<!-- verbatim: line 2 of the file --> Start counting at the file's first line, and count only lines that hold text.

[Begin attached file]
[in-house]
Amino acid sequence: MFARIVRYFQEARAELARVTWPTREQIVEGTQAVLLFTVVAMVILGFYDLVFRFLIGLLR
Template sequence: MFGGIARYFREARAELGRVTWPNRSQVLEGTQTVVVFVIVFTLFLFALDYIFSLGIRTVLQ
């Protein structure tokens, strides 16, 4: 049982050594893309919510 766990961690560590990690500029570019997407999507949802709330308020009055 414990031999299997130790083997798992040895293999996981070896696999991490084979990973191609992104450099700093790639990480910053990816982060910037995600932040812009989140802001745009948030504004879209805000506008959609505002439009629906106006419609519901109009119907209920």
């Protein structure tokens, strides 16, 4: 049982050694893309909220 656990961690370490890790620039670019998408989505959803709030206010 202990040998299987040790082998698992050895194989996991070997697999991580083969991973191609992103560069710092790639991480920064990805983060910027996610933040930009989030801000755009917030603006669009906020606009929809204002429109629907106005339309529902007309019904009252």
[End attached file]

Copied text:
Amino acid sequence: MFARIVRYFQEARAELARVTWPTREQIVEGTQAVLLFTVVAMVILGFYDLVFRFLIGLLR